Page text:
With the release of Capcom’s remake of Resident Evil 2 on Friday 25 January, gamers will return to the terrifying streets of one of the most iconic cities in video games: the zombie-infested Raccoon City.

Despite first being mentioned in 1997’s original Resident Evil, that game took place entirely in a mansion outside the city and it wasn’t until the 1998 sequel that we actually got to explore Raccoon City itself.

Since then, it’s become a recurring location in the games series and various spin-off media, even though – and this is an unavoidable spoiler, so abandon this article now if you’re planning to go into the remake completely cold – Resident Evil 2 ends with the city being comprehensively nuked by the US government.

In fact, the series returned to Raccoon City a year later in 1999’s Resident Evil 3, an asset-reusing fill-in instalment that cleverly loops around the events and locations of Resident Evil 2 and gives the player another, more detailed look at the city’s final destruction.

Raccoon City RIP, from Resident Evil 3. The author of this piece was not allowed to have the piano theme from the credits as music at his wedding.

Since then, the 1998 fall of Raccoon City has been revisited in the two Resident Evil Outbreak titles, in the Umbrella Chronicles and Darkside Chronicles light gun Wii games, and in the shockingly mediocre online shooter Operation Raccoon City, as well as the Milla Jovovich-starring live action film series.

Although the plot line of the main game series has moved on to new locales and time periods from 2005’s Resident Evil 4 onwards, the franchise clearly left a part of itself on the streets of Raccoon City in 1998, and can’t help but repeatedly return. But why?

To answer that we need to look at what kind of games the Resident Evil series are, their genre roots and the continuity that’s built up within the games themselves – and how these elements have created an eccentric idea of an average American city.

The original Resident Evil had horror game precedents in titles like Alone in the Dark and the film adaptation, Sweet Home – even sharing a developer, Capcom, and a director, Shinji Mikami, with the latter – but it twisted these influences and precedents to create a new sub-genre: survival horror.

The survival horror genre is distinguished by the cautious, steady exploration of a contained environment, facing off against horrific creatures that constantly threaten to overpower the player, who must conserve scarce resources like ammo and health top-ups. As opposed to game genres where environments are dashed through while shooting wildly, survival horror games, and their steady pace, demand locations that reward attention.

The live action introduction to the characters in the original Resident Evil. Mysteriously this technique hasn’t been used in the series since.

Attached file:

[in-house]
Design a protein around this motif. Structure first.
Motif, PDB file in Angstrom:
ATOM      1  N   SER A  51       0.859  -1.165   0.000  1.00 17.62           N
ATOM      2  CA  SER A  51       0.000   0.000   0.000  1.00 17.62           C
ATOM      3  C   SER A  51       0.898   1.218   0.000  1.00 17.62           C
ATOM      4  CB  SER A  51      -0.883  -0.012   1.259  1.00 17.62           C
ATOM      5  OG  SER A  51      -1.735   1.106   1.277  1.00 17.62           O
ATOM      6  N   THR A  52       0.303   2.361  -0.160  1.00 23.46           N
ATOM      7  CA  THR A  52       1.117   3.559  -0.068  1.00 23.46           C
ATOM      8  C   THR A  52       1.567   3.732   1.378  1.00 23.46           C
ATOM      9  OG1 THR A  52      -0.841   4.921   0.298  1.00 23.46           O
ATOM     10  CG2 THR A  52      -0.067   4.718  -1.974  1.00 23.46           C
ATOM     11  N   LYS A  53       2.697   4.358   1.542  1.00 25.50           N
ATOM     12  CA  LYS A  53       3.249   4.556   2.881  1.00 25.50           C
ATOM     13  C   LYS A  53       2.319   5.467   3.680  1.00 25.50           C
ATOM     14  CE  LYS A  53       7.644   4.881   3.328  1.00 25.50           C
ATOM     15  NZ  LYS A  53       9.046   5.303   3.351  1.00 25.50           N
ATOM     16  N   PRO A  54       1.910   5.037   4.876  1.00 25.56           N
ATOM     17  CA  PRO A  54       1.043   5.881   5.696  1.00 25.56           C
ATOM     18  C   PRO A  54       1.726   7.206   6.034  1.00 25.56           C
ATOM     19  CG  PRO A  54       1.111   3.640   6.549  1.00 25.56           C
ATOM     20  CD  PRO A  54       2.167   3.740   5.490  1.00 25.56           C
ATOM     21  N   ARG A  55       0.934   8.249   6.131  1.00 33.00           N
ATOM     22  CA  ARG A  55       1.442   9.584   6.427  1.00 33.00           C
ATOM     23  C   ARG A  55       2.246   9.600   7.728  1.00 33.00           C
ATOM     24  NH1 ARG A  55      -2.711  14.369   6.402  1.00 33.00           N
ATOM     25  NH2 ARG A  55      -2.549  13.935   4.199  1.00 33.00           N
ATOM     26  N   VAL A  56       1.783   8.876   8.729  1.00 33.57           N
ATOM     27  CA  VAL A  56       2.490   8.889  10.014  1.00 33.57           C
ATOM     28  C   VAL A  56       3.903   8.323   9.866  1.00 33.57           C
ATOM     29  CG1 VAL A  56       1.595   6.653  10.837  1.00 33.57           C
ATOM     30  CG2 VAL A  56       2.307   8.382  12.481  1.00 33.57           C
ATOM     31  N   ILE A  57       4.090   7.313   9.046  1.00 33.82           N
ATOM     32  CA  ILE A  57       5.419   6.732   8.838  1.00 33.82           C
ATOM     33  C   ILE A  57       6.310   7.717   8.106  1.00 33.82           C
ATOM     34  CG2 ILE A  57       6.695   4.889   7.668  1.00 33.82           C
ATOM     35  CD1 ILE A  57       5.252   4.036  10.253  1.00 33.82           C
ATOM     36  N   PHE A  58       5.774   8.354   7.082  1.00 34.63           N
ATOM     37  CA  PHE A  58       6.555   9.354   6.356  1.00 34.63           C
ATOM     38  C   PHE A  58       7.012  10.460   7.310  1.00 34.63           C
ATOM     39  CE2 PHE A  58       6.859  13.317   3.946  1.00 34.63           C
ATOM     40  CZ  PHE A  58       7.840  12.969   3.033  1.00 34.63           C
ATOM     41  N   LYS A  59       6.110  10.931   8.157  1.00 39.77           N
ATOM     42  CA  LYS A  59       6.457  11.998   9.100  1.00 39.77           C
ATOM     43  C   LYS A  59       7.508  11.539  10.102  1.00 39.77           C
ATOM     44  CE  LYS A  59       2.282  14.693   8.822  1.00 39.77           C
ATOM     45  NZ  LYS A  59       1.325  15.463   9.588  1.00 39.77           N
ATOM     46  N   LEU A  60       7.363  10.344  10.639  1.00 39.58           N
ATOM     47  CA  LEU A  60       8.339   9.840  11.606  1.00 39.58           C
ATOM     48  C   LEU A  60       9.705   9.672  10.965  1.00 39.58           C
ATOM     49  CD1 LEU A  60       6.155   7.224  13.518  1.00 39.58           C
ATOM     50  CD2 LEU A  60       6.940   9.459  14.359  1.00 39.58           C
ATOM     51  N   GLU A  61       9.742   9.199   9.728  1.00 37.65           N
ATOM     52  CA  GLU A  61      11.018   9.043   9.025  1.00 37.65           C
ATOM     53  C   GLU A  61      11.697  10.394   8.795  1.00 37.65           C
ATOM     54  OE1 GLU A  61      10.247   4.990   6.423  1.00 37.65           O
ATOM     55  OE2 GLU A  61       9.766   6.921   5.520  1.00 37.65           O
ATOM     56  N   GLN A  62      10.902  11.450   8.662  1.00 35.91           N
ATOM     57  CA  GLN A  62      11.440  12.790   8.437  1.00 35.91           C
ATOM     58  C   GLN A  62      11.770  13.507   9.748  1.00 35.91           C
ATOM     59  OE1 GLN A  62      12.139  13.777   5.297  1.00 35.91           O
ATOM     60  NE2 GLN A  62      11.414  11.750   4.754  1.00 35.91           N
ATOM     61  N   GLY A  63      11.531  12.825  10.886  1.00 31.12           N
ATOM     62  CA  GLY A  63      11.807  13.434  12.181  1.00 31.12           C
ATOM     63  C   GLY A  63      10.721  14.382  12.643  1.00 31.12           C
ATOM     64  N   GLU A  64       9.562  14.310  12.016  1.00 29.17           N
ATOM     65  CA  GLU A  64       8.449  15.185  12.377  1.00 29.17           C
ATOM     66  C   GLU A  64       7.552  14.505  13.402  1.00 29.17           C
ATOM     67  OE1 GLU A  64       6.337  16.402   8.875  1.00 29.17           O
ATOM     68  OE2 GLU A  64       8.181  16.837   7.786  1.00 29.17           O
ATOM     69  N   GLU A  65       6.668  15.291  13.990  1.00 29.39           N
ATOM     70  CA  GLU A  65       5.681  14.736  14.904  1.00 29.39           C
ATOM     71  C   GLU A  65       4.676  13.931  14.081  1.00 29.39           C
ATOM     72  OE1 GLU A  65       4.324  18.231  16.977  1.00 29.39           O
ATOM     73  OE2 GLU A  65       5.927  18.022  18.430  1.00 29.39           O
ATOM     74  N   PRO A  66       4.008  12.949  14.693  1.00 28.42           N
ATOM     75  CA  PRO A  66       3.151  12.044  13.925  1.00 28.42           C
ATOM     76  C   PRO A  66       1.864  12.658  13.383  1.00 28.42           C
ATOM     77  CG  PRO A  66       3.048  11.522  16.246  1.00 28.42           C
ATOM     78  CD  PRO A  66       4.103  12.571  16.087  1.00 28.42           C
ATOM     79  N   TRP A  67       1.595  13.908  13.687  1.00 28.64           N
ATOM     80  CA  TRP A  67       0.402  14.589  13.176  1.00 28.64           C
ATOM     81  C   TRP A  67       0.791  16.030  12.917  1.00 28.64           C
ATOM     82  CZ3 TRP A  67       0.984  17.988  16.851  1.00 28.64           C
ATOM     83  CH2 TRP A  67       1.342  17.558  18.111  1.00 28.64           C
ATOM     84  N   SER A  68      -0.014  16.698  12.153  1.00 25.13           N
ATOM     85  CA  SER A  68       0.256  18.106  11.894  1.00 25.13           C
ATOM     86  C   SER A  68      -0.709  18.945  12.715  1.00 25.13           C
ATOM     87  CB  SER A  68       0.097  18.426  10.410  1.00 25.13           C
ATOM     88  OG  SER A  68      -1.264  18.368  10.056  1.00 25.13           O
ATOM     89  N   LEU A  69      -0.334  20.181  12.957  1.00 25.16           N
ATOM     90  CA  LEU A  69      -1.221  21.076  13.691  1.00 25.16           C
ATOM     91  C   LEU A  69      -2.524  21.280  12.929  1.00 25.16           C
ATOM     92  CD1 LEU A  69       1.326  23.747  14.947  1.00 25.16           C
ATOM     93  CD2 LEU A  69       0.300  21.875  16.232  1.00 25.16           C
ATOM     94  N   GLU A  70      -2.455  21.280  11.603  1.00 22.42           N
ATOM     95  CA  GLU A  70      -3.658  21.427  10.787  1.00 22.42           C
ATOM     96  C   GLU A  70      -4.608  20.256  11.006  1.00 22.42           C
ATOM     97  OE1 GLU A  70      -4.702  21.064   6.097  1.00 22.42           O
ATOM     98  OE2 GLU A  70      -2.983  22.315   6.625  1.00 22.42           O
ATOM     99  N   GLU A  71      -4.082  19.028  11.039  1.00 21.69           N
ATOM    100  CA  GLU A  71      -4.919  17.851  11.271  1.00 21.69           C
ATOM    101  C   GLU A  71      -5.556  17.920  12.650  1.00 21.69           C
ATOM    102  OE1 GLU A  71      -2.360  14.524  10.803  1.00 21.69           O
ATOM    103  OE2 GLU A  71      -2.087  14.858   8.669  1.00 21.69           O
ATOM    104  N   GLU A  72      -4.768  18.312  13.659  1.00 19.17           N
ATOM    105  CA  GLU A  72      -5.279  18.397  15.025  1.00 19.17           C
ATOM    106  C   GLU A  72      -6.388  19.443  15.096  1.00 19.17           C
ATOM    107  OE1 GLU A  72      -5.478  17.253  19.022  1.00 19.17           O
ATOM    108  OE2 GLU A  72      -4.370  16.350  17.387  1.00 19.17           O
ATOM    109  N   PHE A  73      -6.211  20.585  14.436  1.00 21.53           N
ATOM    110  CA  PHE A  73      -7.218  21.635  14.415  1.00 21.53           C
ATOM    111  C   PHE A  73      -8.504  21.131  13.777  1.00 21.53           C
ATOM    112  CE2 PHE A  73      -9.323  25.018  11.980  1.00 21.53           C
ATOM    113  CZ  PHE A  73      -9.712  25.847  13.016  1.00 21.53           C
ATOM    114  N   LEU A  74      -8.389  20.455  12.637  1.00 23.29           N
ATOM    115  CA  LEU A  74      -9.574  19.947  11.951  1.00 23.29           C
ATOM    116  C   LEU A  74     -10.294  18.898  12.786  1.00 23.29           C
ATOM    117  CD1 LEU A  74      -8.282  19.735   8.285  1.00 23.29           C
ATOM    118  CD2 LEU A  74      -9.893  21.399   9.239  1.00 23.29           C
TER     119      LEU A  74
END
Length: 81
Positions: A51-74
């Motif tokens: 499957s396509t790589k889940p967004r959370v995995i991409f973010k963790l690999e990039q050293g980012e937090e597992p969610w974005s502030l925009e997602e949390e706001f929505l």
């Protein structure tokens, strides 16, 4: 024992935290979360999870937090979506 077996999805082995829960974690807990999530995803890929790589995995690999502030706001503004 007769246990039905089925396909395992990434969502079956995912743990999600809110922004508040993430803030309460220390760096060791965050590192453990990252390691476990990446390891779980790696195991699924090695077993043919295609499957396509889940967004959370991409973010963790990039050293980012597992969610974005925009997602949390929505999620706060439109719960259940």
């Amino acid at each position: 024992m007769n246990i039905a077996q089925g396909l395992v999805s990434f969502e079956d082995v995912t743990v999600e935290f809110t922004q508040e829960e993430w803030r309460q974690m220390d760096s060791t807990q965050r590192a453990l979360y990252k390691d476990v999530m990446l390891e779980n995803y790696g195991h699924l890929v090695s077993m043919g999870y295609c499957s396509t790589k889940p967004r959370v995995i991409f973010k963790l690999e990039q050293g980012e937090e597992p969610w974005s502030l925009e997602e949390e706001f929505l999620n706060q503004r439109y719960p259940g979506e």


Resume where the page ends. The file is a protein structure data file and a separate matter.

The first game, called Biohazard in its native Japanese but renamed Resident Evil in English, opened with a ridiculous live-action video in which an elite team of cops – as seen in the video above – wind up in the creepy Spencer Mansion located in the Arklay Mountains near Raccoon City. There, our heroes, part of the elite and very coolly acronymic STARS team, face off against zombies and other genetically engineered monsters created as weapons by the evil Umbrella Corporation.

Player characters, Chris or Jill, move from room to room in the mansion, fighting off monsters and making progress by solving baroque puzzles where rooms are locked by mysterious keys and booby trap devices. As the plot unfolds Chris and Jill realise that they’ve been set up, acting as experimental subjects to provide data about the combat efficiency of Umbrella’s Bio-Organic Weapons, or BOWs for short.

Gameplay from the original Resident Evil. NSFW due to gore and terrible voice acting.

Although we don’t go near Raccoon City in the first game, it sets several precedents that shape the urban space encountered in the sequel. The game relies on confined spaces and environments in which the player struggles to escape a looming zombie, with doorways to pass through to move from one small area to another. As well as building tension this is a technical issue – the dramatic fixed camera angles allow the backdrops to each screen to essentially be pre-rendered still images on which animated characters and interactive items move, allowing in turn for a much higher resolution in the backgrounds than was possible for moving 3D environments at the time – which lends the world of the game a distinct, atmospheric feel, the sense of a real, detailed place.


The fiction of the game justifies the Spencer Mansion’s weird layout and complex locks partially through its use by the Umbrella Corporation as a secret laboratory and testing facility, and partially through the story of the Mansion’s eccentric architect, George Trevor, who installed all these traps and puzzles on the orders of Umbrella’s founder, Ozwell Spencer. These narratives are told through documents found around the Mansion and its grounds.